Lockdown drill loses integrity

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Mikaela Rabizadeh media editor

The lockdown alarm rings. It could be a drill. It could be a false alarm. It could be real. Whether we know the intent behind the alarm or not, every time that sound goes off, we should treat it with the same seriousness.

That is not what is happening.

The problem is not that students do not know what to do during a drill. I don’t doubt that students know the procedure; we have been familiarized with it since elementary school. However, students are dismissing the gravity of the situation. Instead of remaining silent, classmates are giggling or taking videos on their phones. Instead of congregating against the wall as quickly as possible, classmates are leisurely making their way to refuge.

In the event of a real emergency, the incompetence of one student to adhere to the procedure could put the lives of the rest of the students in danger.  Justifying this behavior with “It’s just a drill” is not an excuse. The entire purpose of a drill is to measure how students react in the case of an emergency. How are we supposed to know how the student body will react if some continue to treat it with indifference?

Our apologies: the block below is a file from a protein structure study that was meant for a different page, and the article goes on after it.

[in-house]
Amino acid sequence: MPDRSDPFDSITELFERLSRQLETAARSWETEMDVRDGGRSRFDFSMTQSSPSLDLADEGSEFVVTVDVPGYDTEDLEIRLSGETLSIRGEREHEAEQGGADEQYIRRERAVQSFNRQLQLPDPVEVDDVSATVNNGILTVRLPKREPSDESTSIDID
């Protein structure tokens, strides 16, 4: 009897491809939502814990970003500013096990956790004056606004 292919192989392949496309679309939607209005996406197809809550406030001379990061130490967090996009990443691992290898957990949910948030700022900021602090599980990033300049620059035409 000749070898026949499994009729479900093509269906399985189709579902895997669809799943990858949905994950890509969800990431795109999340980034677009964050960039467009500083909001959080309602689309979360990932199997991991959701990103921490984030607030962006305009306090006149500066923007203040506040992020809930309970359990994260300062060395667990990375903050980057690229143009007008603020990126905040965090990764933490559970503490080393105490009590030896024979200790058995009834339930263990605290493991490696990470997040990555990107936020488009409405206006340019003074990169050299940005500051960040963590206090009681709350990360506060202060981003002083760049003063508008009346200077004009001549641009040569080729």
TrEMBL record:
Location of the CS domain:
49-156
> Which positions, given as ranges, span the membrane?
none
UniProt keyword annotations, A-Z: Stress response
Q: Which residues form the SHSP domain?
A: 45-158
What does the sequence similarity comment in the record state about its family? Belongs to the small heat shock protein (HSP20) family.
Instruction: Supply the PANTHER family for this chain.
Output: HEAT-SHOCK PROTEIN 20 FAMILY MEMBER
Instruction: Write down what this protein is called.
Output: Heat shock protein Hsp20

A large part of this problem is owing to the fact that students know about the drill beforehand.  Usually by word of a teacher or parent, students are habitually informed that there will be a lockdown drill during class.  This hurts the integrity of the drill. Many students will inadvertently be lax in their response to the drill, knowing that it is “fake.”  We need to reinforce a sense of urgency. Keeping the drills unknown to students and faculty is the first place to start.

The perfect example was the recent lockdown drill during passing period. This drill kept students on their toes–passing period was an unusual time to stage a drill, and many students had already left their first period classes. Those students were forced to find refuge in the classroom nearest to them, which is a realistic possibility if there is a shooter on campus. Emergencies are not convenient nor are they pretty. It is impractical to assume an emergency will always occur in the middle of the class period.

One flaw with this particular drill, however, was that some students were aware that the drill was to take place, while others had no prior knowledge. There was a notable discrepancy in the response between the two parties. The latter was visibly more attentive and more likely to adhere to the procedure.

Teachers also play an important role in eliciting the proper response from students. Teachers must be more active in demanding that their students treat the lockdown with urgency.  Too many teachers are taking a backseat when the alarm goes off when they should be a model for their students. This passive attitude toward drills ultimately creates a culture in the classroom that the students take part in.

The culture surrounding lockdown drills needs to change. Drills are important–too important to be executed in a passive, uncaring fashion. For the the collective good of everyone on campus, the faculty and student body should be doing better. Even when it’s practice.

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